Server-side code Runs under a strict CAS policy and is limited in what it can do. No SharePoint server-code. When apps are hosted in an isolated SharePoint site, no server-code whatsoever is allowed. Can run full trust code or run under fine grained custom CAS policies.
Resource throttling Run under an advanced resource management system that allows resource point allocation and automatic shutd style=”border:1px solid black;vertical-align:text-top”own for troublesome solutions. Apps run isolated from a SharePoint farm, but can have an indirect impact by leveraging the client object model. Can impact SharePoint server-farm stability directly.
Runs cross-domain No, and there’s no need to since code runs within the SharePoint farm. Yes, which provides a very interesting way to distribute server loads. No, and there’s no need to since code runs within the SharePoint farm.
Efficiency/Performance Runs on the server farm, but in a dedicated isolated process. The sandbox architecture provides overhead. Apps hosted on separate app servers (even cross-domain) or in the cloud may cause considerable overhead. Very efficient.
Safety Very safe. Apps rely on OAuth 2.0. The OAuth 2.0 standard is surrounded by some controversy (for example, check out what OAuth lead author Eran Hammer has to say about it here: OAuth 2.0 Road To Hell. In fact, some SharePoint experts have gone on the record stating that security for Apps will become a big problem. We’ll just have to wait and see how this turns out. Can be very safe, but this requires additional testing, validation and potential monitoring.
Should IT pros worry over it? Due the the limited CAS permissions and resource throttling system, IT pros don’t have to worry. Apps are able to do a lot via the client OM. There are some uncertainties concerning the safety of an App running on a page with other Apps. For now, this seems to be the most worry-able option, but we’ll have to see how this plays out. Definitely. This type of solutions run on the SharePoint farm itself and therefore can have a profound impact.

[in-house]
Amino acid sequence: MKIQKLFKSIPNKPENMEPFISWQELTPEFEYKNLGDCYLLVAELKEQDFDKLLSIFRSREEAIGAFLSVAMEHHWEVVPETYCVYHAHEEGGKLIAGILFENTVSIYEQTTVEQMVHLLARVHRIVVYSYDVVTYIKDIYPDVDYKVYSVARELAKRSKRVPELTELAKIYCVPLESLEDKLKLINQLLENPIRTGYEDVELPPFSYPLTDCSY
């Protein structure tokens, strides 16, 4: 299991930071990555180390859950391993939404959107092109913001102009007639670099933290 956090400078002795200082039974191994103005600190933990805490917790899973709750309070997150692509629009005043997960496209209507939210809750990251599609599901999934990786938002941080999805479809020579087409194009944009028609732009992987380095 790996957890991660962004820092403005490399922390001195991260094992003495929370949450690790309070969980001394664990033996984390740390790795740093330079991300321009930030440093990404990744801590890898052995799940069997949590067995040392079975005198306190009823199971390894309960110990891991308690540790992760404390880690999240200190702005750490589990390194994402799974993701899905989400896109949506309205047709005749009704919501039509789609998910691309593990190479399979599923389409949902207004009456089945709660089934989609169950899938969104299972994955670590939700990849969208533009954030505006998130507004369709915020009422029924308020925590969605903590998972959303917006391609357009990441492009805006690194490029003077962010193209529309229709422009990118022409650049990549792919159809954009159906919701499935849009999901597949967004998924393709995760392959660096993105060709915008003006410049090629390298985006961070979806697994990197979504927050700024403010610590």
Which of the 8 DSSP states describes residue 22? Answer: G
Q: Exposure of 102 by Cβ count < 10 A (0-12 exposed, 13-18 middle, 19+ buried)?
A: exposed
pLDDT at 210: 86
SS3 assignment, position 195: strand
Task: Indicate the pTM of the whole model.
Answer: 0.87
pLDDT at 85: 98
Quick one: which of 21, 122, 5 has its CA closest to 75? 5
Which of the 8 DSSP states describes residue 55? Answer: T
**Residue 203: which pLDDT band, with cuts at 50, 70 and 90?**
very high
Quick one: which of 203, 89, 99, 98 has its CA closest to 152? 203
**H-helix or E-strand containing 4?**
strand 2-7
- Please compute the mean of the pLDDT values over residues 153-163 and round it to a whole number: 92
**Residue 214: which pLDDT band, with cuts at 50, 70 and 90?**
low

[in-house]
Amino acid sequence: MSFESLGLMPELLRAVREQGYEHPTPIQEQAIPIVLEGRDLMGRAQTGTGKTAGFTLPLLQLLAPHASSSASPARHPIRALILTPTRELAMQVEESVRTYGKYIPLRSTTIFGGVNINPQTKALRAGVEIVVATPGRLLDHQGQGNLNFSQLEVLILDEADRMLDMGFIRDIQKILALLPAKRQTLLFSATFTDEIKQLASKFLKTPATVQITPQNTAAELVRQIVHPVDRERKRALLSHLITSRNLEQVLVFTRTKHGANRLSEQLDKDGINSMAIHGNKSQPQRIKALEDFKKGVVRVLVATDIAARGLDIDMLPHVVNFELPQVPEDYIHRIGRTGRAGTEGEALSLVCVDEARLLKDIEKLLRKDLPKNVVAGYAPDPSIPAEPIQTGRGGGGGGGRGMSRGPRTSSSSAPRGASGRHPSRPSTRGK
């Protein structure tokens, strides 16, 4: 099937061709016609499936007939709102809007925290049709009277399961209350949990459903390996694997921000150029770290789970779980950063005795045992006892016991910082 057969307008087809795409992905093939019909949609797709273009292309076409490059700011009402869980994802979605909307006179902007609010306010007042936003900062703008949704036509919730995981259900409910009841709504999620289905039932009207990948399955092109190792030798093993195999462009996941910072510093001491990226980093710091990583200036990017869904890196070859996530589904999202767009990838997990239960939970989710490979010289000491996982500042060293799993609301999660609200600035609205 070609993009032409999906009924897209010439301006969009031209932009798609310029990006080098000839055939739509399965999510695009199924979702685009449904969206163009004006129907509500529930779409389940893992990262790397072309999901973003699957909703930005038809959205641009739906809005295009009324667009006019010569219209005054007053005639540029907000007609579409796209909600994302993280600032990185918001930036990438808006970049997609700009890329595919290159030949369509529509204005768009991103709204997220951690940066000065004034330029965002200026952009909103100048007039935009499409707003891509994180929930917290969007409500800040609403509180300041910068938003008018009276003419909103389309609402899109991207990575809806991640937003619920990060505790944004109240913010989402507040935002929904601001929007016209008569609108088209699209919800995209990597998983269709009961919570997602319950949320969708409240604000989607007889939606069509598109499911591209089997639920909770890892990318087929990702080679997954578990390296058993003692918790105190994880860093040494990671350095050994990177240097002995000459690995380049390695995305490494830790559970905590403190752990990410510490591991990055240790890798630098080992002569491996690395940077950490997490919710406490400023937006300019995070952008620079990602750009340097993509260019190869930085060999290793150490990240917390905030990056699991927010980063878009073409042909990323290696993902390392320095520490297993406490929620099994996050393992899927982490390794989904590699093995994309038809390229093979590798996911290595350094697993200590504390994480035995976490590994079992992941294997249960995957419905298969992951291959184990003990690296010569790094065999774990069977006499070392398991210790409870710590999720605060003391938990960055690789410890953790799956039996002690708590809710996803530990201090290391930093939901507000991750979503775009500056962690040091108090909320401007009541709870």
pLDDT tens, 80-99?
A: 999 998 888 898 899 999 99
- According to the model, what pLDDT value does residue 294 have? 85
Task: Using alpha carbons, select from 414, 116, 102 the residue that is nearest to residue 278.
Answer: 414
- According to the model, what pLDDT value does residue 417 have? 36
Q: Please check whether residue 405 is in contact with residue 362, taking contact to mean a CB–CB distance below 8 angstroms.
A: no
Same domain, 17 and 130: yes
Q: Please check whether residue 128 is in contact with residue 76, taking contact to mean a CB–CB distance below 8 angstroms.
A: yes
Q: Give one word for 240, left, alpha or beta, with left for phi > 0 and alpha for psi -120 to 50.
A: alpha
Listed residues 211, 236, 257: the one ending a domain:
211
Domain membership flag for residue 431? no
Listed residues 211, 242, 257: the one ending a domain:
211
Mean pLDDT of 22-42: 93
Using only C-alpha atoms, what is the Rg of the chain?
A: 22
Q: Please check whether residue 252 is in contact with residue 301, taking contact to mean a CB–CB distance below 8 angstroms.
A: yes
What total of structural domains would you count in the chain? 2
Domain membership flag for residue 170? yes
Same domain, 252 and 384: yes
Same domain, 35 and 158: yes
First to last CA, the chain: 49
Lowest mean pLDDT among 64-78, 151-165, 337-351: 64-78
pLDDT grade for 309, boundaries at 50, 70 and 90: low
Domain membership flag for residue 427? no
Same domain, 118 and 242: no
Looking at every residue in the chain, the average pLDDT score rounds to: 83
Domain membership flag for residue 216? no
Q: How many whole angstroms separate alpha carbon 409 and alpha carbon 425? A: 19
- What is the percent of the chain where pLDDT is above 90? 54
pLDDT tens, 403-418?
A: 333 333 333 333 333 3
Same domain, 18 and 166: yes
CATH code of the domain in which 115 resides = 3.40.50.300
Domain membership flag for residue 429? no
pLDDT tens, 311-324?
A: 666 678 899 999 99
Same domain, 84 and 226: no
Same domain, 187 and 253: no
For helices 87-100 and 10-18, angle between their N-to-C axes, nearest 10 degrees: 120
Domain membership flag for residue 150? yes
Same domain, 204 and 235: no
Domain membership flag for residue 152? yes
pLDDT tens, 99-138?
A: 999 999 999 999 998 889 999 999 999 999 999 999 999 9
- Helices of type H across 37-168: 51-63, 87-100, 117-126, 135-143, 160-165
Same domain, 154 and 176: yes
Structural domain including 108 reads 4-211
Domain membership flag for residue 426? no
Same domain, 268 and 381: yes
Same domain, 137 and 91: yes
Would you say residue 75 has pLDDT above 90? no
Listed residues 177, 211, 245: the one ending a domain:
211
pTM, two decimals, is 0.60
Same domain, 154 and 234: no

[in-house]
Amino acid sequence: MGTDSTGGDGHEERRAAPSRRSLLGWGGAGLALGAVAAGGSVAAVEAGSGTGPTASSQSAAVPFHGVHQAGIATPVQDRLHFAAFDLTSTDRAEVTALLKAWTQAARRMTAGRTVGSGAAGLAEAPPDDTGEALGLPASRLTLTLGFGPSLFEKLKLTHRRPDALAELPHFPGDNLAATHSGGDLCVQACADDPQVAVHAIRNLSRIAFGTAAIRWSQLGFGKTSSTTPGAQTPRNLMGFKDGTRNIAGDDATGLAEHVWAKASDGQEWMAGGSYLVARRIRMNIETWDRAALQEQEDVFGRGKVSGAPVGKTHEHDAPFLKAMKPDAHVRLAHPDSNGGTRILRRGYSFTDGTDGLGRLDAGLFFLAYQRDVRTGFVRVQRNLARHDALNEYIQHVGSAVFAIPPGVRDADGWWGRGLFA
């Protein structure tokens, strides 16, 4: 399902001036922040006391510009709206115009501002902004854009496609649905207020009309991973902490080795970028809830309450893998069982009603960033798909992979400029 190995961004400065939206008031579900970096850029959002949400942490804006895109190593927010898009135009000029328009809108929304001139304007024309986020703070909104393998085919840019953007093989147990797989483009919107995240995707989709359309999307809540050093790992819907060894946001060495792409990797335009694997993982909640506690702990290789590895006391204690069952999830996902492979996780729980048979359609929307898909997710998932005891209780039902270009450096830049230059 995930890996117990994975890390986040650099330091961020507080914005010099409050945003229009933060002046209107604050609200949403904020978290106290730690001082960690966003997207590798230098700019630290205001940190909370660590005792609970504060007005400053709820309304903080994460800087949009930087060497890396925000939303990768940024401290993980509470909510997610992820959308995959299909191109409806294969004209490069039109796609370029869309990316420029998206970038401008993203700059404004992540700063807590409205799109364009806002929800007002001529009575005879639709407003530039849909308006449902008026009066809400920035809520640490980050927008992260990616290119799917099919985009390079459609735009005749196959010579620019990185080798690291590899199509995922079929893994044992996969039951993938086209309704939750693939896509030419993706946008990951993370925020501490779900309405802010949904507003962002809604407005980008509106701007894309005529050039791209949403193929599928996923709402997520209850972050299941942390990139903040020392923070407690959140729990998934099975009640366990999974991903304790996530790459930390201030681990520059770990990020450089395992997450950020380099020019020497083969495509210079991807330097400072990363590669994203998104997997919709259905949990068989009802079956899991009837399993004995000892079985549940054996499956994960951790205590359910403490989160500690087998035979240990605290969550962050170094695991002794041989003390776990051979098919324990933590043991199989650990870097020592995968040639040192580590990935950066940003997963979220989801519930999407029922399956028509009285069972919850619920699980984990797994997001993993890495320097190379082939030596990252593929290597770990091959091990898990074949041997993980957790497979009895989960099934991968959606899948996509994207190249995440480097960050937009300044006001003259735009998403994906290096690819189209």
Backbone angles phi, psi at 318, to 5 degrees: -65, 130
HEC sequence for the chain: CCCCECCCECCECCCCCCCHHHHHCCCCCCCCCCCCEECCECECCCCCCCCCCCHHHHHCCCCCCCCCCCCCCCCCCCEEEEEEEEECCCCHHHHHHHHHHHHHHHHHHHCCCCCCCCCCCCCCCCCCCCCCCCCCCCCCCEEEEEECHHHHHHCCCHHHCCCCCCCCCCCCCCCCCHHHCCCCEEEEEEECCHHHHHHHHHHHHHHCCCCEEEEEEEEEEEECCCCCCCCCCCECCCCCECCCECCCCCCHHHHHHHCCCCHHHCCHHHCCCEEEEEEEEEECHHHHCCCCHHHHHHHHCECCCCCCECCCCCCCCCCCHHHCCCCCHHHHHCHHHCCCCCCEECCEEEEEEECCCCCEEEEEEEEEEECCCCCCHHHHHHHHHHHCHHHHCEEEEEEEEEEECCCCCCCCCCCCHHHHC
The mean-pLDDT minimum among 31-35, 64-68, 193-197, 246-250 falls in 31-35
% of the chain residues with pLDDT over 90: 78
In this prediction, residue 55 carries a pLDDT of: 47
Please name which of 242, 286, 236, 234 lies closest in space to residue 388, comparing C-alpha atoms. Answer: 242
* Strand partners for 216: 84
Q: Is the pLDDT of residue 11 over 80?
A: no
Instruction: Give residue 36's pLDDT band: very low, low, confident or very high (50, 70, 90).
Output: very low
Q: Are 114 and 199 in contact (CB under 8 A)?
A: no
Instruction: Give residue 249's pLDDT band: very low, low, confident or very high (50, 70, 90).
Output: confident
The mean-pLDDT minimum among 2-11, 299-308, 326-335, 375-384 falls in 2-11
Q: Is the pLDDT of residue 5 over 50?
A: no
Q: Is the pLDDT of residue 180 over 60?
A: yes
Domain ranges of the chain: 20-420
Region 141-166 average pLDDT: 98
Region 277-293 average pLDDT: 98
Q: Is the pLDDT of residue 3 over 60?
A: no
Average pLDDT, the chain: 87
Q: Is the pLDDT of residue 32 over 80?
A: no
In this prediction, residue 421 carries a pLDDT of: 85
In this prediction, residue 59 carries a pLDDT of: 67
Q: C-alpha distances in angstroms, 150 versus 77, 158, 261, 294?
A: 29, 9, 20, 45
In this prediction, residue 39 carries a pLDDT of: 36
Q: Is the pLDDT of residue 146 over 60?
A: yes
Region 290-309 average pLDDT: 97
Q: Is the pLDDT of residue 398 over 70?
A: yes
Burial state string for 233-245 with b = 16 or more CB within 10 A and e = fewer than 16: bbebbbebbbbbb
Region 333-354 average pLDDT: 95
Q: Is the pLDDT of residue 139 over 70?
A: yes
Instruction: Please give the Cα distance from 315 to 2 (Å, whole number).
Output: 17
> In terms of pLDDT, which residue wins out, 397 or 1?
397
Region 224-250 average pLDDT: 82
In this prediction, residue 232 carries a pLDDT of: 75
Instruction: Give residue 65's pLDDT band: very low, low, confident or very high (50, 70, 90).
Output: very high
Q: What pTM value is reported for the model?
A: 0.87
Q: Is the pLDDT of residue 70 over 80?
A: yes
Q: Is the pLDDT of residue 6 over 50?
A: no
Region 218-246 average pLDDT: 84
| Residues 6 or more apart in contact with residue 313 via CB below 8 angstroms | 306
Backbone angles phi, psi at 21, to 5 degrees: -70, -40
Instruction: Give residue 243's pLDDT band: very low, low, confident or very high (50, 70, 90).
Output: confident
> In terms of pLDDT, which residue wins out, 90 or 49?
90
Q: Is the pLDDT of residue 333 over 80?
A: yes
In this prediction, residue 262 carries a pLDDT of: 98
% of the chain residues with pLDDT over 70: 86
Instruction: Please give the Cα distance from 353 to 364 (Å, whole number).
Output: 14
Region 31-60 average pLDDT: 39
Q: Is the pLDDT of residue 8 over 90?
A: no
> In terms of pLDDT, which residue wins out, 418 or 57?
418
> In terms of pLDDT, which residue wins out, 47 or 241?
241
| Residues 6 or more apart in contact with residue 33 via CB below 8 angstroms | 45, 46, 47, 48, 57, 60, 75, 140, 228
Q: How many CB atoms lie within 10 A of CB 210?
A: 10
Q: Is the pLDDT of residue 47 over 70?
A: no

Manageability Easy to manage within the SharePoint farm. Can be managed on a dedicated environment without SharePoint. Dedicated app admins can take care of this. Easy to manage within the SharePoint farm.
Cloud support Yes Yes, also support for App MarketPlace. No, on-premises (or dedicated) only.
App Development (SharePoint 2013):
  • When developing an app select the most appropriate client API:
    • Apps that offer Create/Read/Update/Delete (CRUD) actions against SharePoint or BCS external data, and are hosted on an application server separated by a firewall benefit most from using the JavaScript client object model.
    • Server-side code in Apps that offer Create/Read/Update/Delete (CRUD) actions against SharePoint or BCS external data, and are hosted on an application server but not separated by a firewall mainly benefit from using the .managed client object model, but the Silverlight client object model, JavaScript client object model or REST are also options.
    • Apps hosted on non-Microsoft technology (such as members of the LAMP stack) will need to use REST.
    • Windows phone apps need to use the mobile client object model.
    • If an App contains a Silverlight application, it should use the Silverlight client object model.
    • Office Apps that also work with SharePoint need to use the JavaScript client object model.
Quality Assurance:
  • Custom code must be checked for memory leaks using SPDisposeCheck.
    • False positives should be identified and commented.
  • Code should be carefully reviewed and checked. As a starting point use this code review checklist (and provide additional review as needed).